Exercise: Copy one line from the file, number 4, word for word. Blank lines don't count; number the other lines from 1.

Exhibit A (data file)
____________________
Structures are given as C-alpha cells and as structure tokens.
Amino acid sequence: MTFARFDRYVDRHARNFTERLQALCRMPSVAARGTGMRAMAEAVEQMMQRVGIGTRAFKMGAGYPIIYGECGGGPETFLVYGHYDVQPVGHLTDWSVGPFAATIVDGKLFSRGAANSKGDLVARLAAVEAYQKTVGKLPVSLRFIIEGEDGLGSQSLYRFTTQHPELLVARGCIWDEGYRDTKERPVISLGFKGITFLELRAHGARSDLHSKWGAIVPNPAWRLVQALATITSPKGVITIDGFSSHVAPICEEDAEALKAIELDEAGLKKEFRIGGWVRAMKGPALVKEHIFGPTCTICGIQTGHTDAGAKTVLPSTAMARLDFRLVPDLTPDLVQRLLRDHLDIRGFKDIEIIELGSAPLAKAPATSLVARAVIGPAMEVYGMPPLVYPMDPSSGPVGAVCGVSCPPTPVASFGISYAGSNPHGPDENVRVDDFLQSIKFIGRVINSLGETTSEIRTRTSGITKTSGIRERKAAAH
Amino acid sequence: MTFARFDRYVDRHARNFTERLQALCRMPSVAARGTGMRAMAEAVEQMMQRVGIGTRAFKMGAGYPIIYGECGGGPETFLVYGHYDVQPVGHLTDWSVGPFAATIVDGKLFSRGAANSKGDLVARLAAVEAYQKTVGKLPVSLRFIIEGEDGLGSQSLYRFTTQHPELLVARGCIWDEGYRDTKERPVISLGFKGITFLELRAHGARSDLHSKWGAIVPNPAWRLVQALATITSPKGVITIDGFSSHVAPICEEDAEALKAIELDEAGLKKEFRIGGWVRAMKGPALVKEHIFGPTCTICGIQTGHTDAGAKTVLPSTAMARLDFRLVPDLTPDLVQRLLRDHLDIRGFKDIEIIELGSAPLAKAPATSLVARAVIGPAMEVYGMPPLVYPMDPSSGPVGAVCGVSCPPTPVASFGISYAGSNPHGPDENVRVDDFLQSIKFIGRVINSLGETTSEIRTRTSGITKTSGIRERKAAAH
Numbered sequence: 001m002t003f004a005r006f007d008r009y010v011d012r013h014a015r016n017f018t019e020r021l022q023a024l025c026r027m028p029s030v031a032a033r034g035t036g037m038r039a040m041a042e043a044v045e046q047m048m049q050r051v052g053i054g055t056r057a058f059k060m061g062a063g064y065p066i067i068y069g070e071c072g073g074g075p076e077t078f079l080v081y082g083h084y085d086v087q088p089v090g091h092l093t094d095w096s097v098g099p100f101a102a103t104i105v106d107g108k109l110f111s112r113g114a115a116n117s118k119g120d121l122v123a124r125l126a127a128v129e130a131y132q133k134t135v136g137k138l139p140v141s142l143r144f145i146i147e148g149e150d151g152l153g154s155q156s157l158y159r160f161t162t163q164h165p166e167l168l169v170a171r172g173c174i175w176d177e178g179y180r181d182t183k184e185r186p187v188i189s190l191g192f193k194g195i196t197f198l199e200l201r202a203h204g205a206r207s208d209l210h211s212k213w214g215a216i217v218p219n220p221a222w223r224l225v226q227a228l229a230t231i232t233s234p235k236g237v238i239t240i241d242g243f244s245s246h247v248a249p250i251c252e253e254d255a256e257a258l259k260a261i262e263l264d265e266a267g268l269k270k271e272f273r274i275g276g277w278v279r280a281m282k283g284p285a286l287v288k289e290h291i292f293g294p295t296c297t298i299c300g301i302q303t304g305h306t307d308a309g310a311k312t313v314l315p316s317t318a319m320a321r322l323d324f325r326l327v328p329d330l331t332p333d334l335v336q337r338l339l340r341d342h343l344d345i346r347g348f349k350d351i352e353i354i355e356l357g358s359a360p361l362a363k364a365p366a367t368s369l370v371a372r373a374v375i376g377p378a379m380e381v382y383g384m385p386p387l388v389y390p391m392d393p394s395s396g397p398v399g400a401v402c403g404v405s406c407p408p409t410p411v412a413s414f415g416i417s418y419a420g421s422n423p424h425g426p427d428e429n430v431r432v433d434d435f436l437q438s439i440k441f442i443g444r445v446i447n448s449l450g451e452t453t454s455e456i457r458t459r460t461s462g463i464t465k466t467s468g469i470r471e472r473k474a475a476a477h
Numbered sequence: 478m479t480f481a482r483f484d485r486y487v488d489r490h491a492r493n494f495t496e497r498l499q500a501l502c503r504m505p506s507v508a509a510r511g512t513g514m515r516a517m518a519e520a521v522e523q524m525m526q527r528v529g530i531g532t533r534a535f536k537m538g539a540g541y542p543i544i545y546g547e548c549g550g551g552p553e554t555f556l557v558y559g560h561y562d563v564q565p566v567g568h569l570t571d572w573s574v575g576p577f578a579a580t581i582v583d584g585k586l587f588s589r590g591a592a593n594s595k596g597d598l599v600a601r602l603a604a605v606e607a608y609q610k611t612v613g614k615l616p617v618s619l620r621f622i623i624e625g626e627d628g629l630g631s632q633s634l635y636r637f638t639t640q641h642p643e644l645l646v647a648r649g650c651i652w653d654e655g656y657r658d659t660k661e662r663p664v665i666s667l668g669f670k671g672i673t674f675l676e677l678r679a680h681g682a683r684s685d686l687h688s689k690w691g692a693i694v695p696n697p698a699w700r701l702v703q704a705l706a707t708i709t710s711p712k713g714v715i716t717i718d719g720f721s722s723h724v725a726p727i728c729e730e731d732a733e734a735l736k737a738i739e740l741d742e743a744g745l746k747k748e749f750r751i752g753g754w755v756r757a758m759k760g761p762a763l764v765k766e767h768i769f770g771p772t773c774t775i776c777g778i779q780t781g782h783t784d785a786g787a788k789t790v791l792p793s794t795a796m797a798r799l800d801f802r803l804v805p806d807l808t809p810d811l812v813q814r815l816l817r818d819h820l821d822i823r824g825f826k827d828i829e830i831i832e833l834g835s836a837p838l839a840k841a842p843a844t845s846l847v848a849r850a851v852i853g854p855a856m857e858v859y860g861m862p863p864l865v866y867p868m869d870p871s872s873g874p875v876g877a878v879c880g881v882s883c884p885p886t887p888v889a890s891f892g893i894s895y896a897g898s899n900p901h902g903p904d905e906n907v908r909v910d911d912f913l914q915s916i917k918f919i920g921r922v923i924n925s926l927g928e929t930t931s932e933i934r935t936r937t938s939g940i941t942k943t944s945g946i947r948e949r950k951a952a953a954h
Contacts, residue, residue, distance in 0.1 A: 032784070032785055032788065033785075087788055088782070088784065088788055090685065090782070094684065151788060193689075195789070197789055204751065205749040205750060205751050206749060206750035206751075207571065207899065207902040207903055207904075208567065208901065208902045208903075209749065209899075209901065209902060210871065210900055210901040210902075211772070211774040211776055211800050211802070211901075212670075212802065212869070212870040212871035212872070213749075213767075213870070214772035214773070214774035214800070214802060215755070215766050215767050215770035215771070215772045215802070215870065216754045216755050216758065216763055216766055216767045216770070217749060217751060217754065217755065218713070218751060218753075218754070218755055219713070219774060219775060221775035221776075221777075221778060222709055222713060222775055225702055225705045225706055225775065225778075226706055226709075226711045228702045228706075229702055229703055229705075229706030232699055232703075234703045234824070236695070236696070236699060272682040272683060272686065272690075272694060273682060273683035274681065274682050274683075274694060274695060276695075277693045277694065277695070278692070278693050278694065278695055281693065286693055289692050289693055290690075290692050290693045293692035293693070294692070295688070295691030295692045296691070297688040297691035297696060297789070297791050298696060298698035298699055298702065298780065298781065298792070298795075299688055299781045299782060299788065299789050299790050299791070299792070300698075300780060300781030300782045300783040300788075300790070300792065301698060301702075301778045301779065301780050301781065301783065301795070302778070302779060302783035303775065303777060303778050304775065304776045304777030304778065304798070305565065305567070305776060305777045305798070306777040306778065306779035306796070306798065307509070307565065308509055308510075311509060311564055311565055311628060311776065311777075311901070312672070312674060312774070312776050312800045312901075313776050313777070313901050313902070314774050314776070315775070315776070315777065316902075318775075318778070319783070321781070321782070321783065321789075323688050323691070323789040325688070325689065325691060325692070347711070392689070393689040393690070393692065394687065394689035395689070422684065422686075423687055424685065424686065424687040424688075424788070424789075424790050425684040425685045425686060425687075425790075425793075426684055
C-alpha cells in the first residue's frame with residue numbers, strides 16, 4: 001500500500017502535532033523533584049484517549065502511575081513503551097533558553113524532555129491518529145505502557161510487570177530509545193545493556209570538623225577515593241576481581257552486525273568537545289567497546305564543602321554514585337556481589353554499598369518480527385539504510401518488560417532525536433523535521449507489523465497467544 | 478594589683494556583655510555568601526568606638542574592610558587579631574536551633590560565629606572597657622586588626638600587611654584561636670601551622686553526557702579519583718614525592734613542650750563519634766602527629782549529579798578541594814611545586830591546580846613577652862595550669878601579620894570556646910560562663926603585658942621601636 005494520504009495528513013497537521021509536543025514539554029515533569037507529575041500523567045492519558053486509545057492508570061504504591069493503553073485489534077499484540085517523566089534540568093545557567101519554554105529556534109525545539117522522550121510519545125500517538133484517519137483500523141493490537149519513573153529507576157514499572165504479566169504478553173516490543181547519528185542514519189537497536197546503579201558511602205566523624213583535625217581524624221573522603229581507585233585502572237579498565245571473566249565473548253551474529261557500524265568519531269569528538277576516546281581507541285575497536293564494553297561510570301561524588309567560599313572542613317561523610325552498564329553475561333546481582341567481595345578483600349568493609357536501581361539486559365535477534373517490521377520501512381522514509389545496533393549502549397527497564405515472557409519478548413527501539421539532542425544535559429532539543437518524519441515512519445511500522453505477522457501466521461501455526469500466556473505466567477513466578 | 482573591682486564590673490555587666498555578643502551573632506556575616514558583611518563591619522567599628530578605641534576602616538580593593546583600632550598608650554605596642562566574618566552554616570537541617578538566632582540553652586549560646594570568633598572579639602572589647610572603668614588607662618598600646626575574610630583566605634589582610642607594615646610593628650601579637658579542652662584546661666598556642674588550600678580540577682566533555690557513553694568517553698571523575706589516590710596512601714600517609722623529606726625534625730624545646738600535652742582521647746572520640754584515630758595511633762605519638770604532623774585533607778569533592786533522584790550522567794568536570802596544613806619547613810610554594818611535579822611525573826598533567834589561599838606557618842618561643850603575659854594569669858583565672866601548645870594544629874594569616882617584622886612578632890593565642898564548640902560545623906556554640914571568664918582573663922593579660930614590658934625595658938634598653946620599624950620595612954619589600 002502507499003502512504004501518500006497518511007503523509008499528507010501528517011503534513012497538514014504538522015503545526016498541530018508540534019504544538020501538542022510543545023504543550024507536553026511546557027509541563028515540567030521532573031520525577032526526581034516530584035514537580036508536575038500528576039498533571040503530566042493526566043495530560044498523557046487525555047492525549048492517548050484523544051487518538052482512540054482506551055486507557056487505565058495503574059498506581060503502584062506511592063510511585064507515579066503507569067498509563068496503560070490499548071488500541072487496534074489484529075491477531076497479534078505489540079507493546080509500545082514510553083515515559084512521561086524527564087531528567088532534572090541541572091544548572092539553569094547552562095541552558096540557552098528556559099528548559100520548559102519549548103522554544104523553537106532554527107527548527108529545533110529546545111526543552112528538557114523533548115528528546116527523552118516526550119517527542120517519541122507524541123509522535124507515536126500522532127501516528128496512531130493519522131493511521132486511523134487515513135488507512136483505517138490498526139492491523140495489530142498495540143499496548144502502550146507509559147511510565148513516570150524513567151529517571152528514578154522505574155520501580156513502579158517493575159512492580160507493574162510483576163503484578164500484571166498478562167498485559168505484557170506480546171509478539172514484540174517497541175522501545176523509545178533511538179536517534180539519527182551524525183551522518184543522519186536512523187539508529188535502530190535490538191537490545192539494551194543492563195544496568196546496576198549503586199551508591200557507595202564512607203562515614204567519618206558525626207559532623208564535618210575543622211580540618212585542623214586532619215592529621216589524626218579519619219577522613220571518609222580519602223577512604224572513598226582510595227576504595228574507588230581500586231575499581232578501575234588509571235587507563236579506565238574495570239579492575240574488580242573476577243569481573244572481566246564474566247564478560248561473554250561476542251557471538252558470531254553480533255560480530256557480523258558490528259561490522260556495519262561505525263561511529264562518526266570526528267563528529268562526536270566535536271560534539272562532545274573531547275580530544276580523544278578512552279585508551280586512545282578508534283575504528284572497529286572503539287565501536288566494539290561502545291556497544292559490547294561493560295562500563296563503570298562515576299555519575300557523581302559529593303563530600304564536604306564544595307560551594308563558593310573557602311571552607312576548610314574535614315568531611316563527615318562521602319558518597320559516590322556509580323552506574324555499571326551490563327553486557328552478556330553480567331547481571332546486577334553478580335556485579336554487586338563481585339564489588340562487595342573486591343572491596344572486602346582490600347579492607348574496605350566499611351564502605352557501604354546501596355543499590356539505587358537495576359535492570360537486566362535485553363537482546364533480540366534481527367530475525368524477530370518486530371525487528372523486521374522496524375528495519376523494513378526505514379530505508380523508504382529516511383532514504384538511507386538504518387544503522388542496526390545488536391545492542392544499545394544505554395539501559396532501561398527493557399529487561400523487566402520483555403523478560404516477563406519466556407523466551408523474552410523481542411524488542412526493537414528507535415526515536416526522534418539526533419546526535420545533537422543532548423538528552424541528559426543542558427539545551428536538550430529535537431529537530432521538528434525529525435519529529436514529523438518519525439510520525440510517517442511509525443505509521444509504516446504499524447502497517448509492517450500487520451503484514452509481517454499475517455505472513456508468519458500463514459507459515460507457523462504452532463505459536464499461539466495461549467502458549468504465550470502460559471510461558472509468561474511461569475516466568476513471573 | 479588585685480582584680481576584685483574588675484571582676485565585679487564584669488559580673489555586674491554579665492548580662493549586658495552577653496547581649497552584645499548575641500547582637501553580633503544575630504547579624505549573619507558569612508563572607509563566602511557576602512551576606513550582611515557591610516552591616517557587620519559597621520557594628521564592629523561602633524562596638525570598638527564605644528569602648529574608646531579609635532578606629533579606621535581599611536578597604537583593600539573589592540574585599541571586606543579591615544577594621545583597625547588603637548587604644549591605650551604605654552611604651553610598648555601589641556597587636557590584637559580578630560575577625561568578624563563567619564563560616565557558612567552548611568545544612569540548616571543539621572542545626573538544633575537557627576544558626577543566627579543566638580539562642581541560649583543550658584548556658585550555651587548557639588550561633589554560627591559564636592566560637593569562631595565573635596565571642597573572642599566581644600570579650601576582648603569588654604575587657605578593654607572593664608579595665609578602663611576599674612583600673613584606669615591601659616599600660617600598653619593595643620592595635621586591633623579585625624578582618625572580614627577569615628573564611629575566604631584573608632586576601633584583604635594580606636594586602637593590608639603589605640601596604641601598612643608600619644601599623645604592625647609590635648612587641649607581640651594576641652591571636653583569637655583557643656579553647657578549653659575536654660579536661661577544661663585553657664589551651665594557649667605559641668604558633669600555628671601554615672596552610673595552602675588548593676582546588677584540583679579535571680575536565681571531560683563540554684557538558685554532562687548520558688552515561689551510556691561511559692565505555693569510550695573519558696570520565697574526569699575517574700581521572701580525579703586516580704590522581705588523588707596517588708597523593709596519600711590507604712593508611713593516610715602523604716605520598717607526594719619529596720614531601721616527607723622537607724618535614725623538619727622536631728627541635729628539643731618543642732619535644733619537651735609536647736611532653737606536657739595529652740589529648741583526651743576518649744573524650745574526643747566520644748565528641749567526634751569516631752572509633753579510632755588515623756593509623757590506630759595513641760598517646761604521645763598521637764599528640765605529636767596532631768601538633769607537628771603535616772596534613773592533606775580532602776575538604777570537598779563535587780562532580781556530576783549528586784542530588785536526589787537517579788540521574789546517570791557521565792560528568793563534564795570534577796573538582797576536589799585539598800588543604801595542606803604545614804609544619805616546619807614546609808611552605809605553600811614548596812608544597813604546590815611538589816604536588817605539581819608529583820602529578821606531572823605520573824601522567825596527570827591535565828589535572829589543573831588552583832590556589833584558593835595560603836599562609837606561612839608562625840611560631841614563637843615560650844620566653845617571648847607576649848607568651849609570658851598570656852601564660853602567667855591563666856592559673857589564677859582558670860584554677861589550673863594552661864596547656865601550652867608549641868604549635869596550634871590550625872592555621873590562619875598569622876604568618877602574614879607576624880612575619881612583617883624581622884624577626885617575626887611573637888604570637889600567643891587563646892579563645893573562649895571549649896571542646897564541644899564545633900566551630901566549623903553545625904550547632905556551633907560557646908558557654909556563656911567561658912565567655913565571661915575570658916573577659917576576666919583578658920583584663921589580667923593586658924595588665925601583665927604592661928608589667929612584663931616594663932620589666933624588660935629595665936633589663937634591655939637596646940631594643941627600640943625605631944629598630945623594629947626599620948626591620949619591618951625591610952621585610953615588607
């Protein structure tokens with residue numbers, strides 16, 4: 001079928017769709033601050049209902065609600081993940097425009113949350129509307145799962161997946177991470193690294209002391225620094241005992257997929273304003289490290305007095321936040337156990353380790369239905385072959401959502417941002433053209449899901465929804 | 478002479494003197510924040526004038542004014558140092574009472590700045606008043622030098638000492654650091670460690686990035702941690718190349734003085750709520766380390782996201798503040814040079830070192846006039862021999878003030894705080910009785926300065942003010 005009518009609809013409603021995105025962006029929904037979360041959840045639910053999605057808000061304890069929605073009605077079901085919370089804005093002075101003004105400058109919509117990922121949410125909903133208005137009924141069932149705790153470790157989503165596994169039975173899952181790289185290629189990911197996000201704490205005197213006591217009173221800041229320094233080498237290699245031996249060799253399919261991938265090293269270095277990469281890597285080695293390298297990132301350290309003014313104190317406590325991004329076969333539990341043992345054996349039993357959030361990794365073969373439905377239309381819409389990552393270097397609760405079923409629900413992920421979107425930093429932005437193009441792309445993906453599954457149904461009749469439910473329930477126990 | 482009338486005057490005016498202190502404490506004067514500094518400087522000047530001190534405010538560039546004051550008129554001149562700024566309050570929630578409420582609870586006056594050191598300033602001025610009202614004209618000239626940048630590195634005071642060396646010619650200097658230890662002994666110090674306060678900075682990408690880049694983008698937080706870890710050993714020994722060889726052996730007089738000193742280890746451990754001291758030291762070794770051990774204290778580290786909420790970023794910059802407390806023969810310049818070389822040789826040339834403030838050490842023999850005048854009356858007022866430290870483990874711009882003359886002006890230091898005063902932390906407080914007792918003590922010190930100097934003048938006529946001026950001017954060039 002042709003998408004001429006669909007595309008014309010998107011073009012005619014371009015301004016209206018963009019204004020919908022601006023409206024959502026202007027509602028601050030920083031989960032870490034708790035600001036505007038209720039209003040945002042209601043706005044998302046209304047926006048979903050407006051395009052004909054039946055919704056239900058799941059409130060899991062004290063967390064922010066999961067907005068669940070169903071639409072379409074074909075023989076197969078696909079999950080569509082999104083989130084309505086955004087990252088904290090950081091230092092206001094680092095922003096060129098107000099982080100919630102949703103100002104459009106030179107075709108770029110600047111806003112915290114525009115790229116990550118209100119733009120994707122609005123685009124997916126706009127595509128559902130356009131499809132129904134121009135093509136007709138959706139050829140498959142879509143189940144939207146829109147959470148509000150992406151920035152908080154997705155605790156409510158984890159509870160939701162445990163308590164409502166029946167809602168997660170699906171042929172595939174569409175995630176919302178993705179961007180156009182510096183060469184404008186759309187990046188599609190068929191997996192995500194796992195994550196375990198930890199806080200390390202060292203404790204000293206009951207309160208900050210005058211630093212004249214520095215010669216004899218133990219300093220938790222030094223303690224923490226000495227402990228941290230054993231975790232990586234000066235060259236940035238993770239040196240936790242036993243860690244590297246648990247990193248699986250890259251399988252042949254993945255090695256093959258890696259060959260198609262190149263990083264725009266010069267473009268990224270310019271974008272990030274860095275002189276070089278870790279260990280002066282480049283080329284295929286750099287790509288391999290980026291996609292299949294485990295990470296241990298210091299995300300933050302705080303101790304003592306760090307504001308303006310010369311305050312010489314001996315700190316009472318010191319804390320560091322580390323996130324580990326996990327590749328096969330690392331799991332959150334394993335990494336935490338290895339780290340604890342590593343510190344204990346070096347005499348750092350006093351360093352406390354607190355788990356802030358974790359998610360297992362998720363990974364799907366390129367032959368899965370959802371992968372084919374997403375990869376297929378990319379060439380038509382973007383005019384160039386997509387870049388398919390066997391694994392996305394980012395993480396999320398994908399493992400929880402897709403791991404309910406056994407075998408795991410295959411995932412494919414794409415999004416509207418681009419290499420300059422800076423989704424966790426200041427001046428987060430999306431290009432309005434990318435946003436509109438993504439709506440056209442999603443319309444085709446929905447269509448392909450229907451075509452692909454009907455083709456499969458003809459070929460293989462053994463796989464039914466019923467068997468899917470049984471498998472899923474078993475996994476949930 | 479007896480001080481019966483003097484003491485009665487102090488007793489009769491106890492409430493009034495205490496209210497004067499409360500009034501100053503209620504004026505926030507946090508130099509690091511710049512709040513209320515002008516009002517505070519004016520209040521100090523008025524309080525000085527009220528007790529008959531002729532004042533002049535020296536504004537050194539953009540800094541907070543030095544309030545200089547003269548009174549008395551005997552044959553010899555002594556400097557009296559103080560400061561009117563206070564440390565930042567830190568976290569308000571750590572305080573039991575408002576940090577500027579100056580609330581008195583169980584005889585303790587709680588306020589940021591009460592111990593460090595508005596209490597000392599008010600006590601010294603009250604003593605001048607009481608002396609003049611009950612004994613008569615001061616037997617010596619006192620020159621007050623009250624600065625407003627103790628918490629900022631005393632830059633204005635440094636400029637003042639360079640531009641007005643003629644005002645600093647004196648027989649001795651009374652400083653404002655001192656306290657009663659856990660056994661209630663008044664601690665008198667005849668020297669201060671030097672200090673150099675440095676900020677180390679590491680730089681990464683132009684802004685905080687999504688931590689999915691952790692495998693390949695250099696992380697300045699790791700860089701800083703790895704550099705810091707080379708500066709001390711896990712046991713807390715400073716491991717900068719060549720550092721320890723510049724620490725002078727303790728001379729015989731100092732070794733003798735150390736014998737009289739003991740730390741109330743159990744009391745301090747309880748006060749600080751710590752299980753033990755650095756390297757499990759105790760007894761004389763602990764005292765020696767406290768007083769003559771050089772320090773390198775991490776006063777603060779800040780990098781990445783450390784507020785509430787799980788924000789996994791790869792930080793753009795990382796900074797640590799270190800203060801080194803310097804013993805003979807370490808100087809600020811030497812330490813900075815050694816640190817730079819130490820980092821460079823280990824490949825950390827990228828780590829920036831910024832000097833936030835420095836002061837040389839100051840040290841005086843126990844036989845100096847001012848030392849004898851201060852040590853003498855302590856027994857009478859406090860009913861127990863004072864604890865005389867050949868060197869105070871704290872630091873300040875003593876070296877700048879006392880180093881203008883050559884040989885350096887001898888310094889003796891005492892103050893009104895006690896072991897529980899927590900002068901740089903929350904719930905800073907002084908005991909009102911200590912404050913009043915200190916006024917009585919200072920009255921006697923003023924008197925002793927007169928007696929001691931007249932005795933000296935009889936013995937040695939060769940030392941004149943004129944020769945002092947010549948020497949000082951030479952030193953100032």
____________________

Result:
Numbered sequence: 001m002t003f004a005r006f007d008r009y010v011d012r013h014a015r016n017f018t019e020r021l022q023a024l025c026r027m028p029s030v031a032a033r034g035t036g037m038r039a040m041a042e043a044v045e046q047m048m049q050r051v052g053i054g055t056r057a058f059k060m061g062a063g064y065p066i067i068y069g070e071c072g073g074g075p076e077t078f079l080v081y082g083h084y085d086v087q088p089v090g091h092l093t094d095w096s097v098g099p100f101a102a103t104i105v106d107g108k109l110f111s112r113g114a115a116n117s118k119g120d121l122v123a124r125l126a127a128v129e130a131y132q133k134t135v136g137k138l139p140v141s142l143r144f145i146i147e148g149e150d151g152l153g154s155q156s157l158y159r160f161t162t163q164h165p166e167l168l169v170a171r172g173c174i175w176d177e178g179y180r181d182t183k184e185r186p187v188i189s190l191g192f193k194g195i196t197f198l199e200l201r202a203h204g205a206r207s208d209l210h211s212k213w214g215a216i217v218p219n220p221a222w223r224l225v226q227a228l229a230t231i232t233s234p235k236g237v238i239t240i241d242g243f244s245s246h247v248a249p250i251c252e253e254d255a256e257a258l259k260a261i262e263l264d265e266a267g268l269k270k271e272f273r274i275g276g277w278v279r280a281m282k283g284p285a286l287v288k289e290h291i292f293g294p295t296c297t298i299c300g301i302q303t304g305h306t307d308a309g310a311k312t313v314l315p316s317t318a319m320a321r322l323d324f325r326l327v328p329d330l331t332p333d334l335v336q337r338l339l340r341d342h343l344d345i346r347g348f349k350d351i352e353i354i355e356l357g358s359a360p361l362a363k364a365p366a367t368s369l370v371a372r373a374v375i376g377p378a379m380e381v382y383g384m385p386p387l388v389y390p391m392d393p394s395s396g397p398v399g400a401v402c403g404v405s406c407p408p409t410p411v412a413s414f415g416i417s418y419a420g421s422n423p424h425g426p427d428e429n430v431r432v433d434d435f436l437q438s439i440k441f442i443g444r445v446i447n448s449l450g451e452t453t454s455e456i457r458t459r460t461s462g463i464t465k466t467s468g469i470r471e472r473k474a475a476a477h